It's going to take a huge workforce to accomplish any piece of the Green New Deal, he said.
"There are buildings all over New England, homes all over New England, that are wasting an enormous amount of energy. We can weatherize those homes. I've been in homes in Vermont where the fuel bill went down by 50% because people got the insulation, the windows, the roofing that they needed. Millions of people can be helped in that respect," he said.
Framing climate change as a moral issue, Sanders elevated it above other policies.
"Y'know, of all my disagreements with Trump — on virtually every issue — the idea that he continues to talk about climate change as a hoax, or not real, is so dangerous and so harmful," he said.
The Massachusetts Democrat began the discussion on climate with a dire warning about what might happen if the United States doesn't immediately start to address global warming.
"I have an 8-year-old grandson, and I think about what the world is going to be like when he's 38. Will it be a place where our cities are underwater part of the time?" she asked. "Will it be a place where the oceans — large parts of the oceans — are dead? Will it be place where people around the world are just fighting for clean water?"
"We're running out of time to make change," she added. "We must make change, and we must make it now."
It's why Warren said she's an early backer of the Green New Deal. She said the ambitious climate plan adds a sense of urgency to the discussion while offering several ways to combat global warming, such as investments in infrastructure.
And not just green-friendly infrastructure, she said, but also pragmatic responses to the consequences of a warmer planet. "It's also about hardening our infrastructure so that we can withstand heavier storms, so that flooding is not so much a problem," she said.
Warren had other ideas, too.
To loud applause from the young crowd, she said that on her first day as president, she would place a moratorium on new drilling and new mining on federal lands.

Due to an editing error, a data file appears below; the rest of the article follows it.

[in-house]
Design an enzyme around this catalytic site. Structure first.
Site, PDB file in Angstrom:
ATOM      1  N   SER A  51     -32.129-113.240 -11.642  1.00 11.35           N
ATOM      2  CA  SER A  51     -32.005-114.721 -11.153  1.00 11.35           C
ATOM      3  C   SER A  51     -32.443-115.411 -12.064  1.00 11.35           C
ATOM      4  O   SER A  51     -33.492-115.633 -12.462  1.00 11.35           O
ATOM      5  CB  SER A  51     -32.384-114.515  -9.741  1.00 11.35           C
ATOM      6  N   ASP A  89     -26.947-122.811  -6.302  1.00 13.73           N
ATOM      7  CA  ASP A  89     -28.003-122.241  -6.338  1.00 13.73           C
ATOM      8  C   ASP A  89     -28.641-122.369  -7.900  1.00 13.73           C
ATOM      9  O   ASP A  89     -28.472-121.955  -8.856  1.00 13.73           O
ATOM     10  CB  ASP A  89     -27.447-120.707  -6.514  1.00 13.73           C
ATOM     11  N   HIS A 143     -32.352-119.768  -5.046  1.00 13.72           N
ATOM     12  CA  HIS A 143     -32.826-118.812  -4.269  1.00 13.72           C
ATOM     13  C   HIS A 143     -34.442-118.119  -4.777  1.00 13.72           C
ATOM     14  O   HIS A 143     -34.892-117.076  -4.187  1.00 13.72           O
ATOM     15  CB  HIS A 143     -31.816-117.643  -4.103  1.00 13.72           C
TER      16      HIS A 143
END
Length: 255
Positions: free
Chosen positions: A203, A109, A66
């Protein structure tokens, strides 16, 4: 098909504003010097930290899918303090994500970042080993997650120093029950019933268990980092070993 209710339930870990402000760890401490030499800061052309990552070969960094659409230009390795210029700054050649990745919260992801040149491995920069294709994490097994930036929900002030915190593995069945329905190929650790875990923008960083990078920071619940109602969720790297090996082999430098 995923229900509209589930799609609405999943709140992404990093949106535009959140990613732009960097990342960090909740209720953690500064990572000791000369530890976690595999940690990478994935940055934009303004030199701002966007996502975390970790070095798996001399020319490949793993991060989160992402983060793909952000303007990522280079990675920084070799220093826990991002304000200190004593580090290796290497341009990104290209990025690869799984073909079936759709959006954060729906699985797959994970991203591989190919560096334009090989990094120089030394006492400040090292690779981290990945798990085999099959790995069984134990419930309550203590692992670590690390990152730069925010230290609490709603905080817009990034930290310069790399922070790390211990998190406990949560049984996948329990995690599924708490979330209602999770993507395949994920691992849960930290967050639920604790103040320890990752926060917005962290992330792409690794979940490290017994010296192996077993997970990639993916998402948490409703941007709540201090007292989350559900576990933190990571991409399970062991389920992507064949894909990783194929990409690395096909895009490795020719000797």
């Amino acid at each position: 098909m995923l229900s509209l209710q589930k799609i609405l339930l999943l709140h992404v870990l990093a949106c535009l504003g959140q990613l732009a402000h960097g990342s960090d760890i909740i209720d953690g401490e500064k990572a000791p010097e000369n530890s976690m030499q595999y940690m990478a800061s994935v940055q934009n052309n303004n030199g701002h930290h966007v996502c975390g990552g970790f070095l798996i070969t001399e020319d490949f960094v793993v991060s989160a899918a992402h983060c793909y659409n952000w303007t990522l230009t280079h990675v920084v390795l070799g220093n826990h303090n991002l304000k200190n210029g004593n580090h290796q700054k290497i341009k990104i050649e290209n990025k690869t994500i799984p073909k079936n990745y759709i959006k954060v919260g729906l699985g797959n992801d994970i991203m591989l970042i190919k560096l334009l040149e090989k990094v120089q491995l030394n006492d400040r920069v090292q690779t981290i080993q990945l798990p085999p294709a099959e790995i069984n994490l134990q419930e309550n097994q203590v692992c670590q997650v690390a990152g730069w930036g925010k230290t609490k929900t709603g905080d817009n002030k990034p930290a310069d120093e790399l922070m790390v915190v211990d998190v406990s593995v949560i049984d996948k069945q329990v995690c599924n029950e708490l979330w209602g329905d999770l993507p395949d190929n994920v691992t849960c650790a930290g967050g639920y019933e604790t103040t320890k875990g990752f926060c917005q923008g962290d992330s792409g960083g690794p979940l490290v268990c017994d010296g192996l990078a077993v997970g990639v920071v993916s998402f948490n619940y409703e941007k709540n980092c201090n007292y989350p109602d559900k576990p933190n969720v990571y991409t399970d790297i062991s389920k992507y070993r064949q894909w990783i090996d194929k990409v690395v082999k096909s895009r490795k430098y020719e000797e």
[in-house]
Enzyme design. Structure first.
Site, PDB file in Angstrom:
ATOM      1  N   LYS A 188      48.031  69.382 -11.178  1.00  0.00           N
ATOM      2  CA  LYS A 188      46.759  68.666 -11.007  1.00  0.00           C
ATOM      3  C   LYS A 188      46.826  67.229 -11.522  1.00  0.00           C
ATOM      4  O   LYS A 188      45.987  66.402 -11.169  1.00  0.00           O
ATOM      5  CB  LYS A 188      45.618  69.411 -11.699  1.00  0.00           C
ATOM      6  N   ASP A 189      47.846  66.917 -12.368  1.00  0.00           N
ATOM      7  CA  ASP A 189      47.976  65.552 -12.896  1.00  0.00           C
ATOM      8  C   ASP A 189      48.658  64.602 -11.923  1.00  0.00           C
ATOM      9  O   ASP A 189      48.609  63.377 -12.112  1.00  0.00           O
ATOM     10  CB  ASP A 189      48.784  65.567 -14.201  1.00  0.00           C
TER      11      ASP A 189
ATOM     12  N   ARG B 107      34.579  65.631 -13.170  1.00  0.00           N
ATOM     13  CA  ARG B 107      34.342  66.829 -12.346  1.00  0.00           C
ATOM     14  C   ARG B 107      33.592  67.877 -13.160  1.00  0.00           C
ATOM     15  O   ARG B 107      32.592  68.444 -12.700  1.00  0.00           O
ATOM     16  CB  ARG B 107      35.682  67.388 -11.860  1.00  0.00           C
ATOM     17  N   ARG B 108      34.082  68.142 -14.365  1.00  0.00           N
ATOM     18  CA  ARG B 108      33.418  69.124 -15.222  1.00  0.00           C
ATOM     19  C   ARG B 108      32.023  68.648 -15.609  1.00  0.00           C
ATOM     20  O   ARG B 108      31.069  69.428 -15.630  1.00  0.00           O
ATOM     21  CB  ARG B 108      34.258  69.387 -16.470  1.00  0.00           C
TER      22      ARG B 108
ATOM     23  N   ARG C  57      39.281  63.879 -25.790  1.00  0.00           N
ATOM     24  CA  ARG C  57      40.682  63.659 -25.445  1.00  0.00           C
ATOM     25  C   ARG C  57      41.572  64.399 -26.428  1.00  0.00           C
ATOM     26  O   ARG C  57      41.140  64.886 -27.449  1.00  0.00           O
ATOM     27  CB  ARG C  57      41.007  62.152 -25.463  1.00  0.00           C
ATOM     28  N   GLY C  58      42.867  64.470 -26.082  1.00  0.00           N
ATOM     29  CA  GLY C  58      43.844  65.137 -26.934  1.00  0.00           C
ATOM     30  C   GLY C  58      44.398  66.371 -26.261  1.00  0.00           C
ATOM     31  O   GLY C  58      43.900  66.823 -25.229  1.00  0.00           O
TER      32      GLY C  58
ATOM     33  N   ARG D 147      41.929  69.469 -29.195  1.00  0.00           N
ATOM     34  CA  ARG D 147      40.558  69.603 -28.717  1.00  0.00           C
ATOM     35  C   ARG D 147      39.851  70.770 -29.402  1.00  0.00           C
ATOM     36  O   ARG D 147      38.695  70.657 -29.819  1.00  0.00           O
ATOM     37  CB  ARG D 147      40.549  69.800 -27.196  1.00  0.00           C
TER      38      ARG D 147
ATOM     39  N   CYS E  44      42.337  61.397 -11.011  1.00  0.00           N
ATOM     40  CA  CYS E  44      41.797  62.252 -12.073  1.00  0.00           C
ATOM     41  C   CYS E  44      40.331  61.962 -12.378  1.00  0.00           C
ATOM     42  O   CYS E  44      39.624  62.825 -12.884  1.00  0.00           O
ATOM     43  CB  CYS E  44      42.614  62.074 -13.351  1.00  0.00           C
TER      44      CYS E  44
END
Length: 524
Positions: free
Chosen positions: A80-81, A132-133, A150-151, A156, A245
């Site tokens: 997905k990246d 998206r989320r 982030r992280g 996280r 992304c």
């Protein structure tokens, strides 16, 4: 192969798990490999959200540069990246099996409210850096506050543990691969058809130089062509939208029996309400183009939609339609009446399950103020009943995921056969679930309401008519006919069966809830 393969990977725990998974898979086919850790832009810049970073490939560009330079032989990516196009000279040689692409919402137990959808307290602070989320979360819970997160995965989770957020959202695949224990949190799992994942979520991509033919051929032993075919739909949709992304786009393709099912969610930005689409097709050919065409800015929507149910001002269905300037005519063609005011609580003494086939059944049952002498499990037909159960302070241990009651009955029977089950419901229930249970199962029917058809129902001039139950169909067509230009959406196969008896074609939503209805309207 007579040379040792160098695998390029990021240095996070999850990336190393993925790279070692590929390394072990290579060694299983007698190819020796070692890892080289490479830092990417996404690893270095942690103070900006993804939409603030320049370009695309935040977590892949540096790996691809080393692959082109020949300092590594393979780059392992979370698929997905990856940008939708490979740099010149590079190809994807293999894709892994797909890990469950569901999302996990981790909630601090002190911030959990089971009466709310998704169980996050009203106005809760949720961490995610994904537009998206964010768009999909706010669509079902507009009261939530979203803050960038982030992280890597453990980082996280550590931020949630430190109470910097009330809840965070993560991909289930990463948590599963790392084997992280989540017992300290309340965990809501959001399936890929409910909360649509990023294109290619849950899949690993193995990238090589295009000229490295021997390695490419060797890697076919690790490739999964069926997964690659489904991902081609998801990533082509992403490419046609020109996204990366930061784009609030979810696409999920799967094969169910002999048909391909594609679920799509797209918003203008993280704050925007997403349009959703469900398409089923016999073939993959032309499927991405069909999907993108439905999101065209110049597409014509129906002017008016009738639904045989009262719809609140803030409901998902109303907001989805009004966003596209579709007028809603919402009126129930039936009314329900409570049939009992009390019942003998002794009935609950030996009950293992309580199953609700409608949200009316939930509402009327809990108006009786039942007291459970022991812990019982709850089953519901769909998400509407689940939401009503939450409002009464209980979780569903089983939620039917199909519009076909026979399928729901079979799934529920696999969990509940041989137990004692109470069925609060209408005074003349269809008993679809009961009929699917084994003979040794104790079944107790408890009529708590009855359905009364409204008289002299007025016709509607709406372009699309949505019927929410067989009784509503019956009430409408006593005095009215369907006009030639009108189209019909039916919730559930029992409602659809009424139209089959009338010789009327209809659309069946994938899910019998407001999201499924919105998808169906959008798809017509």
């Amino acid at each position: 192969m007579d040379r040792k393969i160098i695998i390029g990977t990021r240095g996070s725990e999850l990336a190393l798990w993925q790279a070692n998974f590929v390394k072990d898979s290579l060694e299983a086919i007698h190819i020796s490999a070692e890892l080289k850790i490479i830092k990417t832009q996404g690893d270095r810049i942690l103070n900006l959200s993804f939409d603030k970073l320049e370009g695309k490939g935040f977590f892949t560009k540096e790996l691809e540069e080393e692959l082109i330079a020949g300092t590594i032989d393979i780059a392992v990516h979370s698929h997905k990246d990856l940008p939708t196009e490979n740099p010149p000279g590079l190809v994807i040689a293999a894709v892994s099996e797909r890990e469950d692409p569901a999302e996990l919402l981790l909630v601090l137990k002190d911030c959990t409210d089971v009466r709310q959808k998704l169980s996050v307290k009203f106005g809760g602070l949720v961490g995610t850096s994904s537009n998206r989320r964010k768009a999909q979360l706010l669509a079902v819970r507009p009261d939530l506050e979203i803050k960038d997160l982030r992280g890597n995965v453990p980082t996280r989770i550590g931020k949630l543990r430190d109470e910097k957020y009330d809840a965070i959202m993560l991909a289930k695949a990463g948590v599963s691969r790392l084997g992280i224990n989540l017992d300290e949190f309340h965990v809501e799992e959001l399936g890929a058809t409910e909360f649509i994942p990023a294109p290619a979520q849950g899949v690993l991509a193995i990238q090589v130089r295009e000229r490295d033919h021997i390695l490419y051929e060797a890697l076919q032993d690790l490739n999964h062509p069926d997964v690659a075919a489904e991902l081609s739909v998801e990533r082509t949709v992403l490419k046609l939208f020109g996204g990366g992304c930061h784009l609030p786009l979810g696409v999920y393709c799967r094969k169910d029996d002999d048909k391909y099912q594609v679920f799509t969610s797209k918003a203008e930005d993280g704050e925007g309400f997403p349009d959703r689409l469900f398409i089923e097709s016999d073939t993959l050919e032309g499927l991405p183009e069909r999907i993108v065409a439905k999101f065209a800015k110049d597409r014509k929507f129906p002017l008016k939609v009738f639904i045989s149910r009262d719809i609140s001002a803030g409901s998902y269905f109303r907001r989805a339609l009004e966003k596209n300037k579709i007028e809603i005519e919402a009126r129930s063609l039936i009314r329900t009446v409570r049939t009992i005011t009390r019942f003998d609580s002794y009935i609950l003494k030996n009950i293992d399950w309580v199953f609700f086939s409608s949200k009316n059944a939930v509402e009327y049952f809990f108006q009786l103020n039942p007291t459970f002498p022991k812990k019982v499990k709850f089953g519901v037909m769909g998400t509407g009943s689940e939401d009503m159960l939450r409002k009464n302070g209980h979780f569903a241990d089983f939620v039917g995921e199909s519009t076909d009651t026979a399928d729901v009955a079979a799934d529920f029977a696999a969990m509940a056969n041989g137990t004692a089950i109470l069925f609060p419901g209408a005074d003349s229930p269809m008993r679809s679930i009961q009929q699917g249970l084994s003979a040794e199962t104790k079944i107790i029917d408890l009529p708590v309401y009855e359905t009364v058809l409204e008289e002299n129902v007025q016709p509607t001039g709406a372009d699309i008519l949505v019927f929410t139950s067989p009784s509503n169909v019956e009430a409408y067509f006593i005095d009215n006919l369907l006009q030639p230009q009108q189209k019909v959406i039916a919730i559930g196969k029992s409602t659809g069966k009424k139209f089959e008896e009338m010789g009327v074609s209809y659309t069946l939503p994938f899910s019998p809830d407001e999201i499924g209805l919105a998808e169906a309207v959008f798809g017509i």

"We should not be selling out for pennies on the dollar to mining companies and to oil companies our national treasures," Warren said.
She also discussed the idea of creating thousands of new jobs for "people who want to go spend a year in the national parks and the national forests to be able to give something back to the land and to make some repairs."
Critical, too, she said, is re-establishing the United States as a worldwide leader on climate. Warren called Trump's retreat from the issue "dangerous."
"Because it's not only what we're doing is wrong," Warren said. "It's that we're giving cover to the rest of the world [and] for everybody who doesn't want to have to step up."
Like Warren, Harris warned of a bleak future if nothing is done to address warming. The climate crisis represents an "existential threat to who we are as human beings," the California Democrat said.
"In a short matter of time, guys, we're going to be fighting wars over water," Harris added.
But she framed the climate fight — and her support of the Green New Deal — as more than just an environmental argument. She said there are potential economic benefits, too.
"The Bureau of Labor Statistics came out with a list last year of the top 20 jobs that are going to see the greatest amount of growth in our country over the next 10 years," she said, referring to the agency's outlook on the fastest-growing occupations. "No. 1 and No. 2? Installation and maintenance of wind turbines and solar panels."
Harris also tried to link climate change with the need to develop a comprehensive policy for water — "with an equal emphasis on recycling, on conservation, on capture of water, storage of water [and] desalination."
Of the five candidates who spoke last night, Buttigieg talked the least about climate change — though the South Bend mayor did insert a few notable comments at the end.
Principally, they had to do with the issue of why climate change is such concern for members of the millennial generation.
"In the same way that a candidate needs to be there for people of every religion or no religion, you got to be there for people of every generation," he began.
But, he added, the "longer you're planning to be here — by definition — the more you have at stake in the decisions that are going to be made, especially when climate change is largely going to dictate the economic opportunities and even physical safety of people our age and younger."
"I think having a personal stake in what the world is going to look like in 2054 — that's the year I get the current age of the current president ... helps you have standing to speak to some of these issues and concerns."